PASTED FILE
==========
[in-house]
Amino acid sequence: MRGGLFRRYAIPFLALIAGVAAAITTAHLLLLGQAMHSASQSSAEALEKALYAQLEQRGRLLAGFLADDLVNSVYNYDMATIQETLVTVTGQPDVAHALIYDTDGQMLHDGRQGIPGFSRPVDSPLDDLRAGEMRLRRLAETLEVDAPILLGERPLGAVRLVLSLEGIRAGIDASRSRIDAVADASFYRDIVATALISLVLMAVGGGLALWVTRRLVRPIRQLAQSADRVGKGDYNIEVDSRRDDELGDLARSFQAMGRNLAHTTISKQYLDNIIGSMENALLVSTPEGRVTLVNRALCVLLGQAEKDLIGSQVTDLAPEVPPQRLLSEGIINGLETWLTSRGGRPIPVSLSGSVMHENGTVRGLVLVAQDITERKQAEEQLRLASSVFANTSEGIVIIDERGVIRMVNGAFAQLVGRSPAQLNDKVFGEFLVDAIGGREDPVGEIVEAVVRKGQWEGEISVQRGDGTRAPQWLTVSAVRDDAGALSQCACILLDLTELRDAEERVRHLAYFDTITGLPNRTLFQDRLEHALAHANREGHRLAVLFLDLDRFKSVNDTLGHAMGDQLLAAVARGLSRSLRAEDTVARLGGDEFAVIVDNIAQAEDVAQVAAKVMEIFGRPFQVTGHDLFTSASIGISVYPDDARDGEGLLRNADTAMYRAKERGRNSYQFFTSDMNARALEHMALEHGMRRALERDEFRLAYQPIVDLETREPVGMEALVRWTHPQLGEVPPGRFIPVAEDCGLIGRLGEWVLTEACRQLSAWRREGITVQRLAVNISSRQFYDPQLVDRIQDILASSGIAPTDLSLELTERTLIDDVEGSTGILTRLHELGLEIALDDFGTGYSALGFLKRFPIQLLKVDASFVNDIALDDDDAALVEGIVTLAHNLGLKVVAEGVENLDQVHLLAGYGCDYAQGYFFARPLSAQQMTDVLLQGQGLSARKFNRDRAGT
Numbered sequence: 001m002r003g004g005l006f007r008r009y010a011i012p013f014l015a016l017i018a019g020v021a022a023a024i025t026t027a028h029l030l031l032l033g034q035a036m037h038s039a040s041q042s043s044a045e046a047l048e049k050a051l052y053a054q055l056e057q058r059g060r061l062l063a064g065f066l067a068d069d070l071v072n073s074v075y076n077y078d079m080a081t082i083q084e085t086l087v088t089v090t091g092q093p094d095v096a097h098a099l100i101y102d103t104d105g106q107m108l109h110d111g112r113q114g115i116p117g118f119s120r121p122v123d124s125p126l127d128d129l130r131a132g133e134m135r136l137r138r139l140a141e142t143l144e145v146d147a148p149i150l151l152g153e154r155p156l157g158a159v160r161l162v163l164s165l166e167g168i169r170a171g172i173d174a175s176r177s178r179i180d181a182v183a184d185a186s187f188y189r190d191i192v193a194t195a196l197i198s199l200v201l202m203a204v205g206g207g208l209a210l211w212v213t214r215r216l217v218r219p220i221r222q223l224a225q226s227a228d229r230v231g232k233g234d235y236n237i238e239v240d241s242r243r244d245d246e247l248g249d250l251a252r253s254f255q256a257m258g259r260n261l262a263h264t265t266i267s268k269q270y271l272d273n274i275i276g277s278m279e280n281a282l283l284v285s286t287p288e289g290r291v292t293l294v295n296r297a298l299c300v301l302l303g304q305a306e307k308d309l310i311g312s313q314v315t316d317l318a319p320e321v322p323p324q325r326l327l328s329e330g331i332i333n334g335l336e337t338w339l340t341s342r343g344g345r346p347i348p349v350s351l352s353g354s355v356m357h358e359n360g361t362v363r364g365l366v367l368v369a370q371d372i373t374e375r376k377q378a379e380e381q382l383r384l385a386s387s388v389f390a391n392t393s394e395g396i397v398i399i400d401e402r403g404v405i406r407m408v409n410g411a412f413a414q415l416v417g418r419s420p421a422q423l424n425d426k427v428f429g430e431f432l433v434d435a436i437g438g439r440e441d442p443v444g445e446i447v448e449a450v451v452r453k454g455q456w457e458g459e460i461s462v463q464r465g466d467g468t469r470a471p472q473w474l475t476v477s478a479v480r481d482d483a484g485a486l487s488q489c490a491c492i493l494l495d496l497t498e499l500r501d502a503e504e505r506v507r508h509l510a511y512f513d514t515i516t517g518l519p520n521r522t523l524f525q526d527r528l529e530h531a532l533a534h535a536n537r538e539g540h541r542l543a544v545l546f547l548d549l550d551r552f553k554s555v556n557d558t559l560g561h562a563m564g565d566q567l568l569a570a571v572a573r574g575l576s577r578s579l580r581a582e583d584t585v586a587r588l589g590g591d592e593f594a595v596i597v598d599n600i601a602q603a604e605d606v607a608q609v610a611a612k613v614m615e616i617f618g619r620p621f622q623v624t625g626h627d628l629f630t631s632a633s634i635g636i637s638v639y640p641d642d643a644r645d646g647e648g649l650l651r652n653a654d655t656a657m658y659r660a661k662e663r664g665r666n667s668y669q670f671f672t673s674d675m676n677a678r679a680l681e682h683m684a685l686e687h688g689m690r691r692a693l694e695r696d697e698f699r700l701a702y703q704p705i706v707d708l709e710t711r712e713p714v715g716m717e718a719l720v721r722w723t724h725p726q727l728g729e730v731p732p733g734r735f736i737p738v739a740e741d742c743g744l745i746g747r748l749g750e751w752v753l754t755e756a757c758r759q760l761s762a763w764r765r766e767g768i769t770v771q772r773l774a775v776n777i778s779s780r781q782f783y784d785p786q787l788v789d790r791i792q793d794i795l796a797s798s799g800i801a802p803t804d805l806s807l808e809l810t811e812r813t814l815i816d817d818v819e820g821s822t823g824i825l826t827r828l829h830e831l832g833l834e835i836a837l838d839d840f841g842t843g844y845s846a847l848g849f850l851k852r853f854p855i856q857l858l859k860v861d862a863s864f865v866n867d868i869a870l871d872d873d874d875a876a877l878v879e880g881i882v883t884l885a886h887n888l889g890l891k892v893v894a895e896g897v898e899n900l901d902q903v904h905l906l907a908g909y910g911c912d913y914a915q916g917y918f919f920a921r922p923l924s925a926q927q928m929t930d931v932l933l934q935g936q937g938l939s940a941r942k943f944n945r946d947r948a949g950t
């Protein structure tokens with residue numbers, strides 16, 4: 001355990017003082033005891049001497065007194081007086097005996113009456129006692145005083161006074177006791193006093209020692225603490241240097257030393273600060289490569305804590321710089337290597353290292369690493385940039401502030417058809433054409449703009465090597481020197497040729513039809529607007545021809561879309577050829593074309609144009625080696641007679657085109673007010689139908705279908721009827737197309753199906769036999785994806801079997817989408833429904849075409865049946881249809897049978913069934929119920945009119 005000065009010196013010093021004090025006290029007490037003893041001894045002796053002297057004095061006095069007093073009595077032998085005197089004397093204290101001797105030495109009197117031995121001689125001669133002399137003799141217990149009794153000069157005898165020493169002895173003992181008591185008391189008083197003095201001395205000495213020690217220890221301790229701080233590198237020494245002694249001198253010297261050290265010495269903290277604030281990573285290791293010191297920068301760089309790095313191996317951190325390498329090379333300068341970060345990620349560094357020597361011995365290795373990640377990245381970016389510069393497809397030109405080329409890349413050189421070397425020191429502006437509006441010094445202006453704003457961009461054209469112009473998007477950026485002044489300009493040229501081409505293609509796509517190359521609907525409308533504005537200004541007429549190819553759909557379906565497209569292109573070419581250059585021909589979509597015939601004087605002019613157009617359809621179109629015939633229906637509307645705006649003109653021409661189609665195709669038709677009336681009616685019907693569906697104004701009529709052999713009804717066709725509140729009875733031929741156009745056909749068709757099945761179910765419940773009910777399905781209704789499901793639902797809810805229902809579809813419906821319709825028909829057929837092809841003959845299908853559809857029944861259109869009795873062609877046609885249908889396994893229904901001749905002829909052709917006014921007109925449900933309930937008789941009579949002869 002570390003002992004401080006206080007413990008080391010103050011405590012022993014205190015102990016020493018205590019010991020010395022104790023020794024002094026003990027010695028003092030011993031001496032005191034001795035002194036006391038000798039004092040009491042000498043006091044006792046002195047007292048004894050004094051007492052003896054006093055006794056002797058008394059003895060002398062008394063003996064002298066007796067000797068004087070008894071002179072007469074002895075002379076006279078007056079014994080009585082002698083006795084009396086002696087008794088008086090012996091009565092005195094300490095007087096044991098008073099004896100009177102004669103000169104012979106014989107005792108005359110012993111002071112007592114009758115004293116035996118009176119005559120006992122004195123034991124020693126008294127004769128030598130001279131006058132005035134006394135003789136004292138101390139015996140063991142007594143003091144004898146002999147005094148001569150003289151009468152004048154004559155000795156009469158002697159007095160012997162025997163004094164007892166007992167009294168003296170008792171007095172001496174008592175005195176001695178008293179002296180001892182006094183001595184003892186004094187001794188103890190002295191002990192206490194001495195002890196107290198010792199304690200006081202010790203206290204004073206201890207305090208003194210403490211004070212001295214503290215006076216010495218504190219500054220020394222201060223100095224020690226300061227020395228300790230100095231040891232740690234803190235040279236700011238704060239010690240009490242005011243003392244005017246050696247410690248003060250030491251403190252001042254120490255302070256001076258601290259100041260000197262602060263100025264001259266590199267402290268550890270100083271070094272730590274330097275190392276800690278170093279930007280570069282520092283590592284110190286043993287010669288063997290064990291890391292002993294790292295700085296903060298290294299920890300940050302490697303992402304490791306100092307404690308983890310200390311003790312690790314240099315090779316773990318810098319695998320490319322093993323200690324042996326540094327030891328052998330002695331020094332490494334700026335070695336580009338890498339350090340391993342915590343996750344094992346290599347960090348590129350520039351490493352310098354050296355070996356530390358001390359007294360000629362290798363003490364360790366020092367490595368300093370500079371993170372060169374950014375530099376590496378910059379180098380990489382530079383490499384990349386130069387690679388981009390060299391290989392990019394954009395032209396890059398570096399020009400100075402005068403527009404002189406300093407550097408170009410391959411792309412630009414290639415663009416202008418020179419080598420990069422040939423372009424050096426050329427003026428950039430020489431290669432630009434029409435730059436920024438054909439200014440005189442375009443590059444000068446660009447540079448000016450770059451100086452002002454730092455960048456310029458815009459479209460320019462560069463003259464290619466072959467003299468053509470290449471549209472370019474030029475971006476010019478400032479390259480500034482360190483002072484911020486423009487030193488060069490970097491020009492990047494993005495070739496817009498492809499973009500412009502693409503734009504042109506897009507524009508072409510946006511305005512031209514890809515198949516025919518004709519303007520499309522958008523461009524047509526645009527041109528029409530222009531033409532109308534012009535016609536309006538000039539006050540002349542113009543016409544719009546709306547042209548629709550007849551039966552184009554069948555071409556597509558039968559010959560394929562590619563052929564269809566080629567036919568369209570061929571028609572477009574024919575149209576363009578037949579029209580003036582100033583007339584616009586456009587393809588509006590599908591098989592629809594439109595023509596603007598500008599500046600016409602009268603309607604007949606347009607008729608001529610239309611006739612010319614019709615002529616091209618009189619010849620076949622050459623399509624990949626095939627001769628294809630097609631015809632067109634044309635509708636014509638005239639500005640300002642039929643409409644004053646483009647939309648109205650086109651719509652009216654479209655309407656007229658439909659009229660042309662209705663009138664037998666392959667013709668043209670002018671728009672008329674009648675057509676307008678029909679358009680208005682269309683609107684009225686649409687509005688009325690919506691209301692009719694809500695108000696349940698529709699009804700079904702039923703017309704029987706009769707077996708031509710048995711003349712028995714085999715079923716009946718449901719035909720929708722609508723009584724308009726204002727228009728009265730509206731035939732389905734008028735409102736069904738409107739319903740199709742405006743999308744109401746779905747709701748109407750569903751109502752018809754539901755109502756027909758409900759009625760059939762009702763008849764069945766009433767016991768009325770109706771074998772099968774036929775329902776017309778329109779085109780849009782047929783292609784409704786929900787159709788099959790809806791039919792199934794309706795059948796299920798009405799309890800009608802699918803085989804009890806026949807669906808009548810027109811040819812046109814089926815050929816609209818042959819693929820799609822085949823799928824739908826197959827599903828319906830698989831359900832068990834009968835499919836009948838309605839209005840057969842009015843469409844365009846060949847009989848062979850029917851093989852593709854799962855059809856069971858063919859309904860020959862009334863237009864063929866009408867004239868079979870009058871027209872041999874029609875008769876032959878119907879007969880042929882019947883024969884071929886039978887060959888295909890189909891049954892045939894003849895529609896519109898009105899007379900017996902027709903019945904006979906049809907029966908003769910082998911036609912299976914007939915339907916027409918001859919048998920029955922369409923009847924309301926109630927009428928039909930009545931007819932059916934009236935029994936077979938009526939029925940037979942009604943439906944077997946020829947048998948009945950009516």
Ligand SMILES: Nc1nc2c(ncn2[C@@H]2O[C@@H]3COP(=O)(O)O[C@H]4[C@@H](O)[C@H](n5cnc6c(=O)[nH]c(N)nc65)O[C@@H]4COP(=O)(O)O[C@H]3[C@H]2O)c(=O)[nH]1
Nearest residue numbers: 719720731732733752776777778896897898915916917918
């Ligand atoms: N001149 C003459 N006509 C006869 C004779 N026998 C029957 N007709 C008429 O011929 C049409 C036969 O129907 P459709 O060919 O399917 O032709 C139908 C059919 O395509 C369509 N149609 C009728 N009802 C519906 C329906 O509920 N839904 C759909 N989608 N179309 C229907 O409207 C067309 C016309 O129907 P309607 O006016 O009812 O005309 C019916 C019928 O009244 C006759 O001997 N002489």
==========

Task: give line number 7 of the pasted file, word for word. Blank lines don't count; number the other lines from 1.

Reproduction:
């Ligand atoms: N001149 C003459 N006509 C006869 C004779 N026998 C029957 N007709 C008429 O011929 C049409 C036969 O129907 P459709 O060919 O399917 O032709 C139908 C059919 O395509 C369509 N149609 C009728 N009802 C519906 C329906 O509920 N839904 C759909 N989608 N179309 C229907 O409207 C067309 C016309 O129907 P309607 O006016 O009812 O005309 C019916 C019928 O009244 C006759 O001997 N002489």